It has been confirmed that the Web Summit event is to move to Lisbon next year.
Portugal’s Deputy Prime Minister Paulo Portas confirmed the news this morning in a statement.
The global technology conference has been held in Dublin since its inception in 2010 and the move represents a blow to the Irish economy.
In a statement on the Web Summit website chief executive and co-founder Paddy Cosgrave said “it has not been an easy decision” to move the event.
“This is a big move for us, to leave Dublin after five years,” said Cosgrave in his statement. “Web Summit started its life in a sitting room in Ranelagh. The first event was small, with just 400 attendees. Since then, Web Summit has grown into the most important gathering of start-ups on the planet.
“So it has not been an easy decision to move Web Summit from its Irish home. We are going because we want to take the next step on our journey to international growth.”
The company has confirmed it will continue to be based in Ireland and employs 130 people at its Dublin headquarters. Fáilte Ireland estimates that the Web Summit brought in €100m to the local economy last year.
The 2016 Web Summit will now be held MEO Arena and Feira Internacional de Lisboa, a venue that can hold more than 50,000 people.
Lisbon’s larger hotel capacity is also thought to be a factor in the move.
The statement on the Web Summit move in full:
“Today we are excited to announce the next chapter in the Web Summit story. In 2016 Web Summit will move to Lisbon.
“Web Summit 2016 will be held at the MEO Arena and FIL Feira Internacional de Lisboa.
“This is a big move for us, to leave Dublin after five years. Web Summit started its life in a sitting room in Ranelagh. The first event was small, with just 400 attendees. Since then, Web Summit has grown into the most important gathering of start-ups on the planet.
“This November we’re expecting 30,000 attendees to descend upon Dublin and we estimate that more than 50,000 attendees will come to our events over a 12-month period – more than have come to Web Summit in its history prior to 2015.
“We are proud of the fact that we have become an important pillar of the global start-up ecosystem. 90% of our attendees come from abroad.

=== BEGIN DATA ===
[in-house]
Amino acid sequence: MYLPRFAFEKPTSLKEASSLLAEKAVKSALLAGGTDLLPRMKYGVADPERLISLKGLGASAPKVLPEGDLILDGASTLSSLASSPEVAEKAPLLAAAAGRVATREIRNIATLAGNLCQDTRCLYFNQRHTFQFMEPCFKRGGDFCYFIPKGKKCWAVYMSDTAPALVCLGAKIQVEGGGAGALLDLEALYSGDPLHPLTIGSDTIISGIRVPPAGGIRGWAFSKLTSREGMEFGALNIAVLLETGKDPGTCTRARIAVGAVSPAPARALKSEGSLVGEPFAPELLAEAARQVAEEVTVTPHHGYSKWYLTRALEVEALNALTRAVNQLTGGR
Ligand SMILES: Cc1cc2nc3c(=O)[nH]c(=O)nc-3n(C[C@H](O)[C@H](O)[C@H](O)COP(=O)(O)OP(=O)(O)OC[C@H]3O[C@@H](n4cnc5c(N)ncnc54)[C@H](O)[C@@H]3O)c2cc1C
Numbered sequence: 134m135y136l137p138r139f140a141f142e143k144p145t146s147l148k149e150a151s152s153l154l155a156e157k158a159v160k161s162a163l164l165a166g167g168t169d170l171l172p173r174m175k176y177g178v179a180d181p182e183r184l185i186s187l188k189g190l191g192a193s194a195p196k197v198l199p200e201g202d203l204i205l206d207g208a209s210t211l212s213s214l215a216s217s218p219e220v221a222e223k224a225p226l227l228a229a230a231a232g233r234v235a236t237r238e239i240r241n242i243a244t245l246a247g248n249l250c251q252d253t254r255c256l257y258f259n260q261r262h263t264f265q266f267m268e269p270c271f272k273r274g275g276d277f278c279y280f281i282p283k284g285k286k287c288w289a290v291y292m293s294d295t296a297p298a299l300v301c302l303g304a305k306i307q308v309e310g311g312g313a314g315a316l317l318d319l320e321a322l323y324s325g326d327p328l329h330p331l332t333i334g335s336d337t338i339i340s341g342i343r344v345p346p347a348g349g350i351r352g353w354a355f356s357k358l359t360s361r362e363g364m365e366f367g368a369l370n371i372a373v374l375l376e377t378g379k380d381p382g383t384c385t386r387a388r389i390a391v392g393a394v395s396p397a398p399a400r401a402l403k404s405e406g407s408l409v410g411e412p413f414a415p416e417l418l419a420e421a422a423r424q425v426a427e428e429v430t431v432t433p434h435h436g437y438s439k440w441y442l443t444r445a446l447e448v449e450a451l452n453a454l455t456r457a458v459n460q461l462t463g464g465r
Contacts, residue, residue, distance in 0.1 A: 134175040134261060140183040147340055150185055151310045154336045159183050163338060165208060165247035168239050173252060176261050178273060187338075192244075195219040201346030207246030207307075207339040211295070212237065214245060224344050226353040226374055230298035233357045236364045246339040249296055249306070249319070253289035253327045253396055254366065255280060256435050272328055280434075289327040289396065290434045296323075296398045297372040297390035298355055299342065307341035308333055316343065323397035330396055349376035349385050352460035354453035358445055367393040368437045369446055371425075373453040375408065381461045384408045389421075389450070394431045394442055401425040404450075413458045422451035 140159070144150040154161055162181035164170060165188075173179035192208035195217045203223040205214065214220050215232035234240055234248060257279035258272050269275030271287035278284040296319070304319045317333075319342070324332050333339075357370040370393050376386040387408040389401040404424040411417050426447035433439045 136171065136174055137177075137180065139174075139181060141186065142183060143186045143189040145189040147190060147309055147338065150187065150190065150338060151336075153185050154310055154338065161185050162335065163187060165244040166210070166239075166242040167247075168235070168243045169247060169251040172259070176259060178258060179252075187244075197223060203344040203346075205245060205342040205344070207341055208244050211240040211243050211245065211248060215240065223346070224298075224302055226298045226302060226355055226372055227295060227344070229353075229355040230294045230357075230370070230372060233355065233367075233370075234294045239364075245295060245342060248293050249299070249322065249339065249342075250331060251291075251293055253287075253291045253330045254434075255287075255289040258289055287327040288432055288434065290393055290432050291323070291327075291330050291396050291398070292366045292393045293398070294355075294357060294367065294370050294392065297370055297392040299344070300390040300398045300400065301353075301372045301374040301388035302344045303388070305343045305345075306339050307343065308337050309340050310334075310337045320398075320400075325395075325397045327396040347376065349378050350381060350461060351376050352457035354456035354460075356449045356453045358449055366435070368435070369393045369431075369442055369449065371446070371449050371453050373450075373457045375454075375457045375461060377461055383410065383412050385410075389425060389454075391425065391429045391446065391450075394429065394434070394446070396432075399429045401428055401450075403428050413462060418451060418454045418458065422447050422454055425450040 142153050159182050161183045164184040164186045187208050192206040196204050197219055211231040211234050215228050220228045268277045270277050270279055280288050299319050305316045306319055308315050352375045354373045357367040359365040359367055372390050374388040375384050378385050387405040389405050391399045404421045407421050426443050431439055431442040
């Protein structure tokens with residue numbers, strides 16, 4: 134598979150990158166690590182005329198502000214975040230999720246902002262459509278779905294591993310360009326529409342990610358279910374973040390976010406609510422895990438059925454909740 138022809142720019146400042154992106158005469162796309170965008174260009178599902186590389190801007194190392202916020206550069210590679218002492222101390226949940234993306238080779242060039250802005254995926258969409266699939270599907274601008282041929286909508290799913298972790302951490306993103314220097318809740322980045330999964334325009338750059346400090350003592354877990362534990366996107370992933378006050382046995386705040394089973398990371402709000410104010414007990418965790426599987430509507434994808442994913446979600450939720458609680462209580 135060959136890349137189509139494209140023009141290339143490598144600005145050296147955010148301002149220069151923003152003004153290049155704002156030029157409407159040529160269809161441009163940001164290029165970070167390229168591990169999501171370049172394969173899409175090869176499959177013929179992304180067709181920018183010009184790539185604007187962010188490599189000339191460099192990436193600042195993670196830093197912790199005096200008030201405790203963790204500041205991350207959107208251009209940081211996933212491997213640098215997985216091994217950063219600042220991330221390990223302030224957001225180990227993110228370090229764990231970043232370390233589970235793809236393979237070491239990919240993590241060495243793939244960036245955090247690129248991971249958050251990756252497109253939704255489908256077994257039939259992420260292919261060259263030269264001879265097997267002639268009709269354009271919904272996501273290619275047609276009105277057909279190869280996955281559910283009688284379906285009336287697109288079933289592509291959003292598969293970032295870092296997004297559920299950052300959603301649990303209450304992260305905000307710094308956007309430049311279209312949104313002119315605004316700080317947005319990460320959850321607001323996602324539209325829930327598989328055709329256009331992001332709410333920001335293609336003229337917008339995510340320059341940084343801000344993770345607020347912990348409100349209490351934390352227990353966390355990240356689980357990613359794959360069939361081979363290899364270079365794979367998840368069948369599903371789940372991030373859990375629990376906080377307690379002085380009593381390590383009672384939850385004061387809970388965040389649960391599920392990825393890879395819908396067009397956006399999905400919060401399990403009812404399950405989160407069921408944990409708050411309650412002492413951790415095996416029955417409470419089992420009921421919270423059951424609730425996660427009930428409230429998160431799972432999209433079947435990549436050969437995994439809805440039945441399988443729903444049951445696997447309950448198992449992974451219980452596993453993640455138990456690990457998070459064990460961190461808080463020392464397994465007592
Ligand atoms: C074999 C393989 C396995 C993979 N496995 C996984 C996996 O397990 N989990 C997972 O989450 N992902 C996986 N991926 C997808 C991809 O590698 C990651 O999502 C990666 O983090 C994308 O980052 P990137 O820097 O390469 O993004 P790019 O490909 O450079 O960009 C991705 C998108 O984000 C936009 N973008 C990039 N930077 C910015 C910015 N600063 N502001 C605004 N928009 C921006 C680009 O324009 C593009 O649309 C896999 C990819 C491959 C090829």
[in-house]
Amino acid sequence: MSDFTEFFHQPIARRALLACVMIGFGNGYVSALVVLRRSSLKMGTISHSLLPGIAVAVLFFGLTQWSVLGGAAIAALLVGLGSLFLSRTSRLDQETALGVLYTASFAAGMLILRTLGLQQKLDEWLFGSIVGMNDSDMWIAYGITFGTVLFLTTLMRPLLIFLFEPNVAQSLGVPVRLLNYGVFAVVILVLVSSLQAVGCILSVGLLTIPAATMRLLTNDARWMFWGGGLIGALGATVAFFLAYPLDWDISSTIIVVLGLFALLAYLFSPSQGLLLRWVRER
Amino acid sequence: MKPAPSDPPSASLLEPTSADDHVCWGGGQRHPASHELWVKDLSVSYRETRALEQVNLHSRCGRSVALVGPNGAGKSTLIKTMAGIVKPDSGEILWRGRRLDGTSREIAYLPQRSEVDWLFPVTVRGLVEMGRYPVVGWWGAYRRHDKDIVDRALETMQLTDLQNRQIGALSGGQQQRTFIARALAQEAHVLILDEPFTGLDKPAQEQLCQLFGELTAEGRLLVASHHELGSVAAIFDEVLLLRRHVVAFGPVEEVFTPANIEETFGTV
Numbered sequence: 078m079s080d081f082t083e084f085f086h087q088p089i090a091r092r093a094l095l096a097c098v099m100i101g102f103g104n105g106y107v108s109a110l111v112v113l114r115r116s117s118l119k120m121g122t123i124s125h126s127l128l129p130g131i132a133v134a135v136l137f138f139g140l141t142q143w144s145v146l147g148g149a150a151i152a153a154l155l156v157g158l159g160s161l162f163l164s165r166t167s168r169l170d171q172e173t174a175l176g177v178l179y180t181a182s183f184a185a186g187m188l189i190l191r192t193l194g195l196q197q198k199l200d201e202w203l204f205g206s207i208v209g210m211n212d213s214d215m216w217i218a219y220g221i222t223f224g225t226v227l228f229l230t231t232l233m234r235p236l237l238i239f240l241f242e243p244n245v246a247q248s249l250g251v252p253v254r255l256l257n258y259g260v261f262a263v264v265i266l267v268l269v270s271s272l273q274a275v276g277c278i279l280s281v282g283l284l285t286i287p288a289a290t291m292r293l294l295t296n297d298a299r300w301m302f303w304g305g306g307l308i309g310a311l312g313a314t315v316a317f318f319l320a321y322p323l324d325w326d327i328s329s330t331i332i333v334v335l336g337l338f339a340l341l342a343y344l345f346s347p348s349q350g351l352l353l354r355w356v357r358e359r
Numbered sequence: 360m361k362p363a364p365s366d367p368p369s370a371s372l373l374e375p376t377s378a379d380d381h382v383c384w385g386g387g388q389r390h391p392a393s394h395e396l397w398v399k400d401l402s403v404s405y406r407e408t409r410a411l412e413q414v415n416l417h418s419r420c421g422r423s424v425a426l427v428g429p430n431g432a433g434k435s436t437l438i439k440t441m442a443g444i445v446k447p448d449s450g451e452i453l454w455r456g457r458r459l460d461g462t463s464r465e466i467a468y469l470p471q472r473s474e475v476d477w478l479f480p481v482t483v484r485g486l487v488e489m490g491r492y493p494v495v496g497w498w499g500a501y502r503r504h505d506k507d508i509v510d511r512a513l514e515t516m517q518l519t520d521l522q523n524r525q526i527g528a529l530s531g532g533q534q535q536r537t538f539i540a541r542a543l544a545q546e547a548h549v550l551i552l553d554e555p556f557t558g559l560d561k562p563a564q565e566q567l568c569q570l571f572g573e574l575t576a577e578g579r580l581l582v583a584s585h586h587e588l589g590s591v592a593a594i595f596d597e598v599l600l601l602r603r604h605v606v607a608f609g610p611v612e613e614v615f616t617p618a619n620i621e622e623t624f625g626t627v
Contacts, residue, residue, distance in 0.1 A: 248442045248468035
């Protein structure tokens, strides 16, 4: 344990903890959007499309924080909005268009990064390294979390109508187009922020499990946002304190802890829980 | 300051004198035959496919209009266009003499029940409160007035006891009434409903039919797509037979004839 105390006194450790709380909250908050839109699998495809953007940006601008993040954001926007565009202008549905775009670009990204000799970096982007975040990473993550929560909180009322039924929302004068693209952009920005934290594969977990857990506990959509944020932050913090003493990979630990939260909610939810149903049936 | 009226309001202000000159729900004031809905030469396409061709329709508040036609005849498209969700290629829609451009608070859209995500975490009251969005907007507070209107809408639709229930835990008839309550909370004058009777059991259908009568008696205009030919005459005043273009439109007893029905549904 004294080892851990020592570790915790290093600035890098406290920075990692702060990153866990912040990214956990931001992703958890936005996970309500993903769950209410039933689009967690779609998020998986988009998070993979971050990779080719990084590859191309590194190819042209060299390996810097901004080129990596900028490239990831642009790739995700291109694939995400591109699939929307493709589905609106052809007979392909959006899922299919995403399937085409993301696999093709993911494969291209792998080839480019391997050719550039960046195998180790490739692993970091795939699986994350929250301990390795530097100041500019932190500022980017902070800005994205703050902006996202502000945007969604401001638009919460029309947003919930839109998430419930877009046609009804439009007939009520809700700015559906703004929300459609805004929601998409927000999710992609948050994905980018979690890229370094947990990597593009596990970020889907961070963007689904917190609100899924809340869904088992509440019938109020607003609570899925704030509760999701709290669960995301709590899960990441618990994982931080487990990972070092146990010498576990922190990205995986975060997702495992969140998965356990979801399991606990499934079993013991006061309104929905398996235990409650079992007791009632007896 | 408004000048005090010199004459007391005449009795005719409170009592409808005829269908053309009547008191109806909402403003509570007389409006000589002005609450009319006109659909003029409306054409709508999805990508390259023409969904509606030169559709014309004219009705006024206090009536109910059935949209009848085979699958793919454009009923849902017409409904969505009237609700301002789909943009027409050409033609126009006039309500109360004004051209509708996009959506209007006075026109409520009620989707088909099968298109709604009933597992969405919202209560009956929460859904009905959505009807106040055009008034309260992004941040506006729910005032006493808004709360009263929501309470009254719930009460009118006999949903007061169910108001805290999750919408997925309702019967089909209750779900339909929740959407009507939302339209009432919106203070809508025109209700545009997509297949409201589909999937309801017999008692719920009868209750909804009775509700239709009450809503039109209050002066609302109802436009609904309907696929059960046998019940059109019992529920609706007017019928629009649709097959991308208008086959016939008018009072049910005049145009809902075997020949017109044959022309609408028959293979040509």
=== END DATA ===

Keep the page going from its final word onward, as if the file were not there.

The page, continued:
“That said, we are an Irish company. Our roots are Irish. Our first attendees were all Irish. It was those first attendees who became our greatest champions, spreading the word of Web Summit far and wide. We couldn’t have gotten here without them.
“So it has not been an easy decision to move Web Summit from its Irish home. We are going because we want to take the next step on our journey to international growth.
“In the last six months we have held gatherings in Las Vegas and Hong Kong. These new brands – Collision in the US (which next year will be in New Orleans) and RISE in Hong Kong – are now firmly established. Next February this stable of events will be joined by SURGE in India.
“We know now what it takes to put on a global technology gathering and we know that if Web Summit is to grow further, we need to find it a new home. Our attendees expect the best.
“Lisbon is a great city with a thriving start-up community. What’s more, it has great transport and hotel infrastructure and a state-of-the-art venue with capacity for more than 80,000 attendees.
“So we leave with some sadness. Our HQ is here in Dublin and will remain here. We employ 130 people here and plan to continue growing fast.
“We will always be grateful for the support and encouragement we received from the Irish start-up community and those first Irish attendees who helped turn our tiny idea into something beyond anything we ever imagined.
“Now we will be concentrating on making Web Summit 2015 the best ever. We’ll be opening the doors to over 7,000 Irish students and graduates as well as thousands of speakers, investors, media and start-ups.
“We like to think that Web Summit is a gathering of the decision makers of today and the entrepreneurs of tomorrow. We will continue to try to showcase the future while delivering new ways of bringing people together, wherever it may be in the world. Thank you for your support.”